Xi’an Sister City
As the capital of several ruling dynasties and a market and trade centre Xi’an is one of the most important cities in the history of China. Located in the south-central part of Shaanxi province Xi’an was the eastern terminus of the Silk Road, the ancient trade route that connected China with the Mediterranean.
Near the present-day city of Xi’an there was once the location of the ancient capital of the Han, Sui, and Tang dynasties called Chang’an. As the capital of the much longer-lived Tang dynasty (618–907), Chang’an was expanded and divided into three parts—the Palace City; the Imperial City, for the officials; and the Outer City, for artisans and merchants. It soon became one of the most splendid and extravagant cities in the world. The city declined after the downfall of the Tang, though it continued as a market centre and broker of Central Asian trade. The popular name Xi’an (“Western Peace”), adopted in 1369 after the Ming dynasty (1368–1644) was established, was later changed to Xijing in 1930 but was restored in 1943.
The Economic Revival of Xi’an
Xi’an experienced some slow industrial development after the main east-west rail line reached the city in 1935, but this was curtailed by the Sino-Japanese War (1937–45). However, beginning in the mid-1950s, Xi’an was a primary focus of expenditures from the central government and since then has been one of China’s major industrialized cities. Being located in the central part of the country, Xi’an has emerged as a railway and highway hub.
Xi’an is a center of higher education noted for its technological schools. In all, there are more than 30 universities and colleges in and around the city. Best known are Xi’an Jiaotong University, Northwest University, Xi’an Polytechnic University, a medical school, Xi’an University of Technology, Xi’an University of Architecture and Technology, and Xidian University, the latter specializing in electronics and information technology.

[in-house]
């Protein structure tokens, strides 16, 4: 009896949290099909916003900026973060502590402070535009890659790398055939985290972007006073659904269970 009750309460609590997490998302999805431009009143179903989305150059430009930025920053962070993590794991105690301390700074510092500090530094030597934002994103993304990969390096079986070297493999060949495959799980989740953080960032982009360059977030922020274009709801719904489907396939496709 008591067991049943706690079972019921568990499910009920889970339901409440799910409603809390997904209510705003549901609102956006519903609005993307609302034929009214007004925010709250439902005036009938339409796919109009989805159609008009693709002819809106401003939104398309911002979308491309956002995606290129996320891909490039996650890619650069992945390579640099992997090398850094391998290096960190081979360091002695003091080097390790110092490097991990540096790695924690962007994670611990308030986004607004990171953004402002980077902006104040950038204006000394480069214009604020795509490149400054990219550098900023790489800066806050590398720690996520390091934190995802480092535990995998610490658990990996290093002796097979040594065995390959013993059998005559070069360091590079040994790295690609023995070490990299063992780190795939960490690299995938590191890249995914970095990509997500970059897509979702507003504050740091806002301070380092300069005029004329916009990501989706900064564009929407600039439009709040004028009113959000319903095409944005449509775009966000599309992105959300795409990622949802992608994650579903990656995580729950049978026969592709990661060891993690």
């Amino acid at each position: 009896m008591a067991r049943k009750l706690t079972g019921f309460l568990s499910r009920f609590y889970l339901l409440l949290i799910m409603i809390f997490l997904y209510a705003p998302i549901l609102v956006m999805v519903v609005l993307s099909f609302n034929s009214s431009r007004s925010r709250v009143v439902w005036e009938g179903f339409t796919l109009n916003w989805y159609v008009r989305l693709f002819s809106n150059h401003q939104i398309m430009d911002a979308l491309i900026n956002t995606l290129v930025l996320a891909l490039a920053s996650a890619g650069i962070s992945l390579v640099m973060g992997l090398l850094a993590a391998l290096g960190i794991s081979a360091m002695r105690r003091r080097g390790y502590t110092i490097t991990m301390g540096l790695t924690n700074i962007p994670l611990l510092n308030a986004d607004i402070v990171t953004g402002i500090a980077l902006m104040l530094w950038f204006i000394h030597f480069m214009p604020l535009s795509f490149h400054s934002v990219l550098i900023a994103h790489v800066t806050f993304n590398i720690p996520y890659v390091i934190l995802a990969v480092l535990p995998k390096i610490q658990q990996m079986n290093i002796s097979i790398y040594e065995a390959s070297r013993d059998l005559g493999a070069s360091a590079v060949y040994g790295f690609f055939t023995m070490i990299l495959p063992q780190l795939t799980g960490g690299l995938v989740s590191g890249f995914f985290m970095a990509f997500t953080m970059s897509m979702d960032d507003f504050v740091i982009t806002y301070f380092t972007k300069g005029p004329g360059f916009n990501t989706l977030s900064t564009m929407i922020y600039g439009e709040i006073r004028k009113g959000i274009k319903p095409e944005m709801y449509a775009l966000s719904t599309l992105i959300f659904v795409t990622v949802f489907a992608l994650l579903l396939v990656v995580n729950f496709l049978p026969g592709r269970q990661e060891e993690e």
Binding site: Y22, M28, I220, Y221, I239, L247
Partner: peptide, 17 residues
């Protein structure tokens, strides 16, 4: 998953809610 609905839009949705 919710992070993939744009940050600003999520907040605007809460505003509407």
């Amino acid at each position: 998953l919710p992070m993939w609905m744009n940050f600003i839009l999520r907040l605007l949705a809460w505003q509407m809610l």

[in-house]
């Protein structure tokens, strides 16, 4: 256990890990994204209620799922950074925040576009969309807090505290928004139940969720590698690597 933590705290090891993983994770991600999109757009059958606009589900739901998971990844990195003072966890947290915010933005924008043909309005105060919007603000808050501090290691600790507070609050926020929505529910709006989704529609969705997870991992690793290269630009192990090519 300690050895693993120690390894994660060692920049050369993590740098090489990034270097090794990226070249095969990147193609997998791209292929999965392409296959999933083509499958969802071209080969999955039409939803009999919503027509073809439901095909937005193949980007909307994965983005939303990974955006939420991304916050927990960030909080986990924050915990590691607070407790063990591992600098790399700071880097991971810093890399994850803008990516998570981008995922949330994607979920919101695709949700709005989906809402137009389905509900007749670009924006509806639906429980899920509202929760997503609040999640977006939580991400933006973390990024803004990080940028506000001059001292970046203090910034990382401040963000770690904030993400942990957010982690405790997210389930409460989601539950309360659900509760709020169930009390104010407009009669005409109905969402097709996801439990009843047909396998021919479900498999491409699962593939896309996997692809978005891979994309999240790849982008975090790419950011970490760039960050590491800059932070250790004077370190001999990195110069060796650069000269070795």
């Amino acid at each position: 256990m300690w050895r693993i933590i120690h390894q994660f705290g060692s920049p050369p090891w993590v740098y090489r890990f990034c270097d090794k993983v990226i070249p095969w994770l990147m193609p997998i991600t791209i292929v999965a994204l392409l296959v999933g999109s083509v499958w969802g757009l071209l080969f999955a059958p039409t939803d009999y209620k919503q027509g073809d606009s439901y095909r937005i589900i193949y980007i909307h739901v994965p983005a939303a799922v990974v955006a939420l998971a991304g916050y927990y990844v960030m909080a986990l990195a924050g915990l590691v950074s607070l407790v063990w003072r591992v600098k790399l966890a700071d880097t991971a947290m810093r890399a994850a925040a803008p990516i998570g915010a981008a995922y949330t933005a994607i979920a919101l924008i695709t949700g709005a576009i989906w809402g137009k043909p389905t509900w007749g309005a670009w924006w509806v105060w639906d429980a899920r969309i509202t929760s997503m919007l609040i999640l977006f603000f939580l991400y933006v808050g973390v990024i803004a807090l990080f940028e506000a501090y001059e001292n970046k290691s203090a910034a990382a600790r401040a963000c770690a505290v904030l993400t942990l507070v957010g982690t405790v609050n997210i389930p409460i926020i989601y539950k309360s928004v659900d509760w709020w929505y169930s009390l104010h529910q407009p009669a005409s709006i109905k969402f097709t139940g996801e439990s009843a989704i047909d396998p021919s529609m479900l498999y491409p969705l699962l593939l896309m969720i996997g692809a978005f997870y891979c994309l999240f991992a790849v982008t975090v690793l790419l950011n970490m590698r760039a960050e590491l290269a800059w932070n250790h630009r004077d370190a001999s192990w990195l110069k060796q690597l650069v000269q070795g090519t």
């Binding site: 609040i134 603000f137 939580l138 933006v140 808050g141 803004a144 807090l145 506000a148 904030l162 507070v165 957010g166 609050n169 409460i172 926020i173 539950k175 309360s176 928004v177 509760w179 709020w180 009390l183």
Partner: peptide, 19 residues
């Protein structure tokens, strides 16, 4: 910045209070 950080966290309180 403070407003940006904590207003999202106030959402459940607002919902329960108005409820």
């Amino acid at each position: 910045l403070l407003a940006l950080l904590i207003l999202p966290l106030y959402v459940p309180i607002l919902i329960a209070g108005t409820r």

The Historical Gems of the City
About 20 miles (32 km) northeast of Xi’an lies the tomb of Shihuangdi, the first emperor of the Qin dynasty (221–207 BCE) and the first to unify China. Known as the Qin tomb, it is world famous and is one of the most popular tourist destinations in the country. Excavation of it by archaeologists, begun in 1974, unearthed an army of about 8,000 life-size terra-cotta figures arrayed in battle formation. The Qin tomb complex was designated a UNESCO World Heritage site in 1987.
Gyumri and Xi’an are Sister Cities
In 2015 Gyumri and Xi’an established a friendly-city relationship with an eye to more in-depth cooperation under the Belt and Road Initiative in all possible spheres, including trade and economy, tourism, culture, and high-tech.
Dong Jun, mayor of Xi’an, attended the ceremony in Gyumri marking the signing of the friendly city agreement as well as one on trade and economic cooperation, along with the Mayor of Gyumri Samvel Balasanyan, and the Governor of Shirak region, Felix Tzolakyan.
Digital Silk Road Center in Xi’an founded by Digital Pomegranate aims at linking the West with China through technology created in Armenia just as the ancient Silk Road connected the known world.
The 7th Silk Road International Film Festival (SRIFF) kicked off in Xi’an, the capital of northwest China’s Shaanxi Province, with a grand opening ceremony on Sunday evening. →
Xi’an, located in northwest China’s Shaanxi Province, is famous for being the capital of China’s Han Dynasty (206 BC-220) and Tang Dynasty (618-907). It has long been a place where cultures meet and is showing its new charm as a modern metropolis. Today, let vloggers Barry and John show you how Xi’an City attracts tourists from all over the world.→